Saturday, August 28, 2010

On the Transmigration of Souls

I don’t claim to be the poster child for the connected world (the web 2.0 world). I have a couple of blogs. I have multiple e-mail accounts. I have a Facebook page – though today I read another article on the “graying of Facebook.” Seniors are the fastest growing group using this social media. I am not yet a “senior” and I am not so much graying as balding. However, I guess the “graying of Facebook” sounds better than the “balding of Facebook.” Anyway, though I have posted on this blog for three and a half years now, I am still discovering features of this blog site.
I just discovered that if you go to your profile page you can click on the underlined items in your profile, such as “favorite music,” and you get a list of every other blogger who also has this listed as a favorite. 532,000 people list Bob Dylan as among their favorite music. That’s a lot of people, but it is nothing compared to The Beatles – 3,090,000. So I thought I would see if at least some of my choices were rarer. Lucinda Williams counts 20,300 blogspot bloggers who list her in favorite music, smaller, but still quite a few. One of my favorite bands of summer 2010, The Hold Steady, clocks in at 5,100. Then I decided to see if anyone else listed “On the Transmigration of Souls” in the favorite music category. I guessed it would be smaller than even The Hold Steady.
“On the Transmigration of Souls” is a classical piece composed by American composer John Adams. It was commissioned by the New York Philharmonic to honor the victims of the 9/11 attacks and to honor those who reached out with a heroic and caring hand that day. It is a haunting and beautiful piece of music. In the booklet that accompanies the CD there is this description: “It superimposes pre-recorded street sounds and the reading of victim’s names by friends and family members, also pre-recorded, on live performances by a children’s chorus, an adult chorus, and a large orchestra.” I remember first listening to it while driving. If I wasn’t on a schedule, I would have pulled over just to hear it all without thinking about driving. I listened to it again that same evening, and then a few more times. I found this music profoundly moving, and I continue to be moved whenever I hear it. Not everyone has the same reaction. I remember wanting to play it for a small group of clergy colleagues, and they did not hear it in the same way I did. I admit to being disappointed, but I am sure I have disappointed others in not sharing their enthusiasm for something or other.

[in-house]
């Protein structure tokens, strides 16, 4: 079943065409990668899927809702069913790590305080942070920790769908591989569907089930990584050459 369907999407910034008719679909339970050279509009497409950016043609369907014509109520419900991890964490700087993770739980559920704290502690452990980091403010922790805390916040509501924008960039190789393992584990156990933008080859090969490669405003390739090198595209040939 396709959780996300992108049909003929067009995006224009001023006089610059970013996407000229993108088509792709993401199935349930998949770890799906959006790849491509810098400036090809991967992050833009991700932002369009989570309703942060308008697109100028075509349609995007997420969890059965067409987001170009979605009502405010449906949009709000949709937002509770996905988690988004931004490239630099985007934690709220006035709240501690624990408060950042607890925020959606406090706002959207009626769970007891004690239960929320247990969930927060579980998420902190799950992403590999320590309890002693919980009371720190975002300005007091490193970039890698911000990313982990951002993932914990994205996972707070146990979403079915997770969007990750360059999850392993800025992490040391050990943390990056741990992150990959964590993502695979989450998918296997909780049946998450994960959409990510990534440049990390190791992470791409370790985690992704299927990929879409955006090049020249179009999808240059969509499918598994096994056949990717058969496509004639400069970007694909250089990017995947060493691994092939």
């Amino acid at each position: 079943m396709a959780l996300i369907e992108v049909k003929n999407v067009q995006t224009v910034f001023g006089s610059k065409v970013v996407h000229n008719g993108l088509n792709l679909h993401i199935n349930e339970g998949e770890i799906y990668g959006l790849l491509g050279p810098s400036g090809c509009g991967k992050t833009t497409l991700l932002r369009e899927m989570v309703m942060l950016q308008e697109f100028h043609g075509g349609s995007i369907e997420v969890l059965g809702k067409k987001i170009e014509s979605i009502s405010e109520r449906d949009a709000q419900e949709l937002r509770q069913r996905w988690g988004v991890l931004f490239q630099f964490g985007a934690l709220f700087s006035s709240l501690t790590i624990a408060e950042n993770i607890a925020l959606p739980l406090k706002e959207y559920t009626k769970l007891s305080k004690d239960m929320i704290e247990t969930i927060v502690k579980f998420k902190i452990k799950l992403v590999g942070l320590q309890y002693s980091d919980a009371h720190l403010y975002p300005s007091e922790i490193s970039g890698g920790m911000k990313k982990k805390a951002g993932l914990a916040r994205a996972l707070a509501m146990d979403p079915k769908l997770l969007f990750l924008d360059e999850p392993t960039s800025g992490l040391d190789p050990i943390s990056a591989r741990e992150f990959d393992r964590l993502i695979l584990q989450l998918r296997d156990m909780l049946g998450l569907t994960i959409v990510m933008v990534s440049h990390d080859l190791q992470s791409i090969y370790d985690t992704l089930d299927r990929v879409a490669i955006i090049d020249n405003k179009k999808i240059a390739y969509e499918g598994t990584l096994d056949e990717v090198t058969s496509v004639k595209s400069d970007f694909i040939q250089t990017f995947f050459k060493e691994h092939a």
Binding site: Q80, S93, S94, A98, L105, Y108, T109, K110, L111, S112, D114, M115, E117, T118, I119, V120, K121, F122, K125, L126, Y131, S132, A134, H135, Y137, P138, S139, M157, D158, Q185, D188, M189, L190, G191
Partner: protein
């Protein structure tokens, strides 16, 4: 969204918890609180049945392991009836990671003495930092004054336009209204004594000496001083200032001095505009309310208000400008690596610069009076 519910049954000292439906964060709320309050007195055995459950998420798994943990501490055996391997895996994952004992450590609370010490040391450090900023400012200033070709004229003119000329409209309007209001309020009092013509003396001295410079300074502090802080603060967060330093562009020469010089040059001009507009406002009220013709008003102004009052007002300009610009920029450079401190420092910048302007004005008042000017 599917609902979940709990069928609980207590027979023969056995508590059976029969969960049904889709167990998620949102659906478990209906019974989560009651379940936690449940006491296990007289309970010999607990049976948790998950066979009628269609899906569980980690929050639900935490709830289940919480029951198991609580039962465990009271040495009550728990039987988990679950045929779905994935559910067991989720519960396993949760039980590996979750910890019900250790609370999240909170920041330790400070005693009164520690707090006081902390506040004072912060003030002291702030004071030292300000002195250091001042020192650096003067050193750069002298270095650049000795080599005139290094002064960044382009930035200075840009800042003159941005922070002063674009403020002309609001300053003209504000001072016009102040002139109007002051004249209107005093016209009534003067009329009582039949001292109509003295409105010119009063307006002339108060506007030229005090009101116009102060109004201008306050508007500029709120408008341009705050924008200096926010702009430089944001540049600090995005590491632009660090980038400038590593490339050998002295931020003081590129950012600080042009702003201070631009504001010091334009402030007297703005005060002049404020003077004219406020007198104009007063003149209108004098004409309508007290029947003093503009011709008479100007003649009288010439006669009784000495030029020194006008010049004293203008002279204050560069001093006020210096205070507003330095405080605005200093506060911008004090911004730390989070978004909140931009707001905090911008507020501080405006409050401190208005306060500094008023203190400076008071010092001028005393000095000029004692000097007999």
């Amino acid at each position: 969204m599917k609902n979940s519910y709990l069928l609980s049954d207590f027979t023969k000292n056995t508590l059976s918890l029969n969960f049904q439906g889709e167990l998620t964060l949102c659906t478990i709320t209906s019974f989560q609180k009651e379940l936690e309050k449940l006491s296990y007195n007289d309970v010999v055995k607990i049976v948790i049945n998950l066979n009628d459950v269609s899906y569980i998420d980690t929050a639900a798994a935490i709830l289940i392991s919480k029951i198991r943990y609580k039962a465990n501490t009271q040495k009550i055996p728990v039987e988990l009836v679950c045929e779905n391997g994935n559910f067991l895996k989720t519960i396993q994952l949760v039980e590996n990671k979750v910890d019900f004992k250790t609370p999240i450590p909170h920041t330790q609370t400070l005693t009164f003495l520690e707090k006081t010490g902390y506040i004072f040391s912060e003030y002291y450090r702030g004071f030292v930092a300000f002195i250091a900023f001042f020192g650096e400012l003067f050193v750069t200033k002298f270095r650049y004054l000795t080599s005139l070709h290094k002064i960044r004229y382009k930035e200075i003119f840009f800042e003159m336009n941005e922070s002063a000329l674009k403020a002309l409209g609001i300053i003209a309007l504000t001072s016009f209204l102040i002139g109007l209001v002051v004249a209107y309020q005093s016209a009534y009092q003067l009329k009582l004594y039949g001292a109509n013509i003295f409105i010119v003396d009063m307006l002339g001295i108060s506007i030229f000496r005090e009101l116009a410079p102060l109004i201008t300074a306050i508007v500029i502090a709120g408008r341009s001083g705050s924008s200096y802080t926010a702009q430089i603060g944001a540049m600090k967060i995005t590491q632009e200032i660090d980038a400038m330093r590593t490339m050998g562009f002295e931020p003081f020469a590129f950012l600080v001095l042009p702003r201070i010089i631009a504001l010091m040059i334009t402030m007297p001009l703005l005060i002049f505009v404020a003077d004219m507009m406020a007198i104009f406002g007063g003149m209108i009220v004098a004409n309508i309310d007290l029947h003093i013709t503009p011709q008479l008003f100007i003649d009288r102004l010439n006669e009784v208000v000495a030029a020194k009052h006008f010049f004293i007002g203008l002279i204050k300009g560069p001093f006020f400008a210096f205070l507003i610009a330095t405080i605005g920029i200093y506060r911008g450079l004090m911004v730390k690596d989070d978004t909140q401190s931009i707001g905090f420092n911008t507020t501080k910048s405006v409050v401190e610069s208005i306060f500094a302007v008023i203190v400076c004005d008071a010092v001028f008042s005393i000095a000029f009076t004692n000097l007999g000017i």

I realize that there may be some bloggers who list John Adams in their favorite music list. I simply have this one piece by name. So I clicked on “On the Transmigration of Souls” in my blogger profile. The list of bloggers who identify this as a favorite piece of music is small. “David Bard.”

With Faith and With Feathers,


Saturday, August 21, 2010

Anne Rice

I am not a fan of Anne Rice novels. It is not that I have read them and don’t like them. It is that in the scheme of things, with more books to read than I have time to, I have chosen not to read vampire literature. I know it is on a long-term come back, but this is one wave I am not going to ride. I didn’t ride it years ago, either – anyone remember Dark Shadows?
I guess that I am not an Anne Rice fan is o.k., because she is probably not my fan either. Last week, Anne posted a statement saying that she was quitting Christianity, giving up on it because it is “quarrelsome, hostile and disputatious.” My sense of what I viewed of an interview with her was that what she was giving up was “organized Christianity.” As a clergy person, I certainly am a part of organized Christianity, and so assume that Anne Rice would not be a fan.
You might expect me to rush in to defend organized Christianity. I think it is defensible, at least in part, yet it is only so when we admit the truth of Anne Rice’s statements. The history of Christianity is littered with and marred by incidents of Christianity being quarrelsome and disputatious. The problem, in my mind, is not that Christians disagree. The Bible is a complex document. Disagreement about its meaning is to be expected. We are trying to grapple with deep mysteries of life and the reality of God. Our intellectual categories can come up short. Christians will disagree – with one another and with non-Christians. Healthy disagreement can energize and sharpen our thinking. Disagreement is not the problem, hostility is. The smallness of some of the issues we become exercised about is.
Despite our shortcomings, there remains something valuable and important about organized Christianity. The teachings of Jesus, his intriguing presence and the stories told about him are still part of organized Christianity, and they would not have made it this far without some organization that sought to carry them forward. That the teachings and spirit of Jesus have been distorted by the same people who carry them forward is tragic, but those same teachings and that same spirit provide a corrective.
Hopefully we who name the name of Jesus will learn to be less hostile and quarrelsome. Hopefully we can assert our viewpoints with gentleness, humility and love. That would be more in keeping with the teachings and spirit of our founder.

With Faith and With Feathers,

Monday, August 16, 2010

Returning from vacation, to the hustle and bustle and noise and busyness of life, I would like to remember these words:

Until we go into silence, we have nothing to say except what we hear around us, nothing to think except what has already been thought by somebody else. Until we go into silence, we may know really very little about ourselves.

Joan Chittister, Living Well

With Faith and With Feathers,


Friday, August 6, 2010

Taking some time away from writing while I have been attending the School of Congregational Development and on vacation.